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Journal of Pediatric Health Care and Medicine

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Sudden Infant Death Syndrome and the diaphragm: Is there a link?

Author(s): Pontus M Siren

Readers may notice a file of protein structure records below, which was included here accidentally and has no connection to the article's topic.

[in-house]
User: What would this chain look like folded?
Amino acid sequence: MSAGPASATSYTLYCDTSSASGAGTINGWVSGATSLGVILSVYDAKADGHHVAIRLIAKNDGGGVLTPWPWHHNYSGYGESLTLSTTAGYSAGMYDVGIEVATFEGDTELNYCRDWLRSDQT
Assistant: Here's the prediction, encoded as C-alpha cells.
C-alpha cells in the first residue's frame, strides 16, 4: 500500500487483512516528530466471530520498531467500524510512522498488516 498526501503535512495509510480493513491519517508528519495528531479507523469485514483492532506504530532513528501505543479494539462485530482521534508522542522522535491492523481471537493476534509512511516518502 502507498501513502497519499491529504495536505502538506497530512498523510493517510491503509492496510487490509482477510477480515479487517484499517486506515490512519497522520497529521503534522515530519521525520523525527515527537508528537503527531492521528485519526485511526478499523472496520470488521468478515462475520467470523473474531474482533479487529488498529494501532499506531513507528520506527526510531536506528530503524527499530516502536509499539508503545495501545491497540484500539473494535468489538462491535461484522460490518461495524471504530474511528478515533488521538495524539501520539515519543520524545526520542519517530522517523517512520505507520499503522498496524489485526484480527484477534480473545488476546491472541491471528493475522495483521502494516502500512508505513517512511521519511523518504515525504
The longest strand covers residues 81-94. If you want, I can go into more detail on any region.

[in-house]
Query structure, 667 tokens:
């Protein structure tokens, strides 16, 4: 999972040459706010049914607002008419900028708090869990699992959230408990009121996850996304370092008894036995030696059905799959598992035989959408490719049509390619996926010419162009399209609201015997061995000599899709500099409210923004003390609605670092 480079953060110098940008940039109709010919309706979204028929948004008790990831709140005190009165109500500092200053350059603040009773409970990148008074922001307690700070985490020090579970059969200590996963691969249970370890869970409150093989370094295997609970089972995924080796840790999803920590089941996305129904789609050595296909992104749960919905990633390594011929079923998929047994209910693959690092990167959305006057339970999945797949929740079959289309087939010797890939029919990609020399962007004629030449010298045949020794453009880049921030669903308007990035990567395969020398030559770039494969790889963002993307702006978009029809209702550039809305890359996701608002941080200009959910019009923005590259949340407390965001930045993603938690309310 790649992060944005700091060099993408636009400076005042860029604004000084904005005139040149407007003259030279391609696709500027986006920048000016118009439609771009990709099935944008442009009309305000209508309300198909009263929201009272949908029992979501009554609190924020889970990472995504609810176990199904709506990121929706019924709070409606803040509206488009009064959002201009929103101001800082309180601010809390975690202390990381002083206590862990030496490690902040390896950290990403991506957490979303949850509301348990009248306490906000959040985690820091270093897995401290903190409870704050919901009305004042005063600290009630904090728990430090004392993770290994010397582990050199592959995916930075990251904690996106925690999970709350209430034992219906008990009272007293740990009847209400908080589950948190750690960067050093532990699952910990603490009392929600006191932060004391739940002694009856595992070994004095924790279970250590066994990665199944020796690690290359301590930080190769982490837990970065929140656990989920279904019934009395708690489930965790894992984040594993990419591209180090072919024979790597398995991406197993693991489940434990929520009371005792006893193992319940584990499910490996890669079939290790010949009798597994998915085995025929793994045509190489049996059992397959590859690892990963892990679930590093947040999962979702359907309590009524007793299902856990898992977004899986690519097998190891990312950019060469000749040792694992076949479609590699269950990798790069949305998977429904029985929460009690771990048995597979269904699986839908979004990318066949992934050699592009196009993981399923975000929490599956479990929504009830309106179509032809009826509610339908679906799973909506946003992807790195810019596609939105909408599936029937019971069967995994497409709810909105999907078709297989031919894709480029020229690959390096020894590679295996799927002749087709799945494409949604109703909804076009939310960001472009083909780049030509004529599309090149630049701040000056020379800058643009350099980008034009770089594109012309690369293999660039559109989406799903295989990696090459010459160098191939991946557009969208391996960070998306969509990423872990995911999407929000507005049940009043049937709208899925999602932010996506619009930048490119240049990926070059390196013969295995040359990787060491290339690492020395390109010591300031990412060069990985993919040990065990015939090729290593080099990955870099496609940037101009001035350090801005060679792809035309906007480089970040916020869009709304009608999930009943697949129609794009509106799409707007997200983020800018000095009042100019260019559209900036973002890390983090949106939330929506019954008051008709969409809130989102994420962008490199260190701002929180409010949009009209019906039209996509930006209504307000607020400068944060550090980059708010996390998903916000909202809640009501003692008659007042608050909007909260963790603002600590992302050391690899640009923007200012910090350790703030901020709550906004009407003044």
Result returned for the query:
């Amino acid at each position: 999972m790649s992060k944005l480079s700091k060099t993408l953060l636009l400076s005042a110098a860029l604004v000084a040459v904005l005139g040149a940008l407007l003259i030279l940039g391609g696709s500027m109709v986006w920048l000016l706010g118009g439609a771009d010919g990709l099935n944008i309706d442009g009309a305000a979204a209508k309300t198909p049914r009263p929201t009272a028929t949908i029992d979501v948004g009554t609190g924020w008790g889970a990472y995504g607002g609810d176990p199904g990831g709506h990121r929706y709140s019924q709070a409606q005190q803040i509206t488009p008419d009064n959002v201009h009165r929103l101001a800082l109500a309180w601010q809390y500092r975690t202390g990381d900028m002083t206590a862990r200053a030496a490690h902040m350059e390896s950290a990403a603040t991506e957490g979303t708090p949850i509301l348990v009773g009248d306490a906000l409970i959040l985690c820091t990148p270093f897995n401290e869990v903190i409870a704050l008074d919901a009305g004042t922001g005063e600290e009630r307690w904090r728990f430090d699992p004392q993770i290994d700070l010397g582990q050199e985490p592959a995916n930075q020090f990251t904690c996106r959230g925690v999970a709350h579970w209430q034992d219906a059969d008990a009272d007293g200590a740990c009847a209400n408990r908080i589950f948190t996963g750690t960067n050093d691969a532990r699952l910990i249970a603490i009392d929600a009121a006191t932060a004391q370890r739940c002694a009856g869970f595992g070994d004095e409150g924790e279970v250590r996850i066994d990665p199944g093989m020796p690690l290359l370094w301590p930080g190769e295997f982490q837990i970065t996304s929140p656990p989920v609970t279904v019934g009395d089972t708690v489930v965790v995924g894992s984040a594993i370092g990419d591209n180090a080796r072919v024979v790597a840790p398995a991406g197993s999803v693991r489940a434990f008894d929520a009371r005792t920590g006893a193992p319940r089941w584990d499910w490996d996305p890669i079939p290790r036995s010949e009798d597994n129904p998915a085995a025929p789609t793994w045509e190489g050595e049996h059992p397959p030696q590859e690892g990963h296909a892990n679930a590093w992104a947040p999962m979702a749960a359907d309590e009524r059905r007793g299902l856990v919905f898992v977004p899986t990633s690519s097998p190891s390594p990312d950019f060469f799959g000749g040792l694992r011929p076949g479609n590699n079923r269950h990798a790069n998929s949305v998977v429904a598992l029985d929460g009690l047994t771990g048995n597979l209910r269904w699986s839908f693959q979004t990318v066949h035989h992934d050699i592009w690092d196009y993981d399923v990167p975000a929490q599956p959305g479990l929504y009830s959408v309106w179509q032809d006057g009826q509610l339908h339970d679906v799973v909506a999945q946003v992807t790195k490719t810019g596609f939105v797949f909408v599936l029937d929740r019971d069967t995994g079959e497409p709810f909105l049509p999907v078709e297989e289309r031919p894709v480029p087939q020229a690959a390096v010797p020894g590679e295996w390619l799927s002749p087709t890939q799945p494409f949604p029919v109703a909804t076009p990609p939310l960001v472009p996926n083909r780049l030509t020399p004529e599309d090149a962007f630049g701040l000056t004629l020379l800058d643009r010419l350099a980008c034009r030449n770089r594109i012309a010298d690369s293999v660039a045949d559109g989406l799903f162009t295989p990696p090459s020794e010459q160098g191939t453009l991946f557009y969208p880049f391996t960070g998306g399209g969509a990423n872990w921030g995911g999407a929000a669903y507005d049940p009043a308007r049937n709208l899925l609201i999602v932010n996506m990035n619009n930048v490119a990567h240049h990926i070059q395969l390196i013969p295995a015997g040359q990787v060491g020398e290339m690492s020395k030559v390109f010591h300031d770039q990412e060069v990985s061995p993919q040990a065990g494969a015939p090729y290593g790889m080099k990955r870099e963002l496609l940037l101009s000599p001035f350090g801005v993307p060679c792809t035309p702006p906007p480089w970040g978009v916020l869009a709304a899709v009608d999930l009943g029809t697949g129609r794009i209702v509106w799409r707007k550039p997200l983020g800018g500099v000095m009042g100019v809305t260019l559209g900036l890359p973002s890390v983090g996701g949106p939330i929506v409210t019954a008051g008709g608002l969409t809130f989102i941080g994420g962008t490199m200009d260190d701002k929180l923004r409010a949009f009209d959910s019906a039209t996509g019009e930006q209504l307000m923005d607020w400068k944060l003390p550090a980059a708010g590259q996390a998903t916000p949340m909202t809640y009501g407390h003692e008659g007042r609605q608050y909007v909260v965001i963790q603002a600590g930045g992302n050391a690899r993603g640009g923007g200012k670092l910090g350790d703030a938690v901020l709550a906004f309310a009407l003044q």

There are over 12,000 publications on Sudden Infant Death Syndrome on the PubMed database. Of these, only 59 are related to SIDS and the diaphragm, even though the diaphragm powers the vital respiratory pump, and its failure is a well-known cause of death in adults. Two recent communications published in Nature Pediatric Research (Blind Spot and The Missing Link) on April 6 and June 5th, 2021, respectively, highlight the fact that there is a potentially consequential blind spot in SIDS research. This presentation highlights three important facts: 1. The diaphragm has not been adequately studied in the context of SIDS 2. There is no compelling evidence to exclude the diaphragm from SIDS research 3. There is compelling data to suggest that diaphragm failure may play a role in SIDS and that the hypothesis should be investigated Despite decades of intense research, the cause of death in Sudden Infant Death Syndrome (SIDS) remains unknown. This short communication draws attention to the blind spot and highlights five reasons for why the diaphragm should be investigated in the context of SIDS: 1) There is broad consensus that SIDS likely has a respiratory origin 2) All key cardiorespiratory organs, except the diaphragm, have been extensively investigated in the context of SIDS 3) The diaphragm powers the vital respiratory pump and is critical for survival 4) There is no compelling evidence to suggest the diaphragm can be excluded from SIDS research 5) There is a substantial body of evidence to suggest that the diaphragm plays a central role in SIDS, and the SIDS – Critical Diaphragm Failure (SIDS-CDF) hypothesis posits that all SIDS risk factors either increase the workload of the diaphragm or reduce its force generating capacity The origin of SIDS remains a mystery, but there is broad consensus that the syndrome likely has a respiratory origin because research and clinical investigation has ruled out airway occlusion or trauma as the cause of the syndrome. The number of articles published on PubMed is a good indicator of the focus of SIDS research. In Q4h, 2021, there are 12,365 publications on sudden infant death syndrome. Of these, 2285, relate to SIDS & the heart, 714 to SIDS & lungs, 982 to SIDS & central nervous system. There is no evidence in the published works to indicate that the diaphragm should be excluded from SIDS research. There are at least five compelling reasons to investigate the diaphragm in the context of SIDS: 1. There is a strong correlation between SIDS and nonlethal infections. Infections can produce severe respiratory muscle weakness in adults, which is a major contributor to respiratory failure. Infections can reduce the diaphragm’s ability to generate force by as much as 50% in 24h. 2. The prone sleeping position is an important risk factor for SIDS. For an infant, the prone position significantly increases the work of breathing and decreases respiratory muscle endurance. 3. SIDS is associated with rapid eye movement (REM). The intercostal muscles show both phasic and tonic inhibition during REM sleep that renders them largely or totally inactive. The chest wall muscles are critical for ventilation in the infant with a pliable chest wall, and loss of muscle tone increases the diaphragm’s workload. 4. Elevated levels of vascular endothelial growth factor in the cerebrospinal fluid of SIDS infants indicate that they experience one or more hypoxic events over several hours to days before death. Hypoxia exacerbates diaphragm and abdominal muscle fatigability and can impair the diaphragm’s ability to generate force. 5. Hyperthermia is independently associated with an increased risk of SIDS. It is well known that hyperthermia increases the workload of the respiratory muscles. Conclusion: SIDS likely has a respiratory origin and despite decades of intense research, the cause of death is unknown. Besides the diaphragm, all other key cardiorespiratory organs have been comprehensively investigated in the context of SIDS. There is no evidence to suggest the diaphragm should be excluded from SIDS research. On the contrary there is compelling evidence to suggest that diaphragm should be comprehensively investigated in the context of SIDS. Yet, the diaphragm remains a collective blind spot that may contribute decisively to our inability to uncover the cause of SIDS


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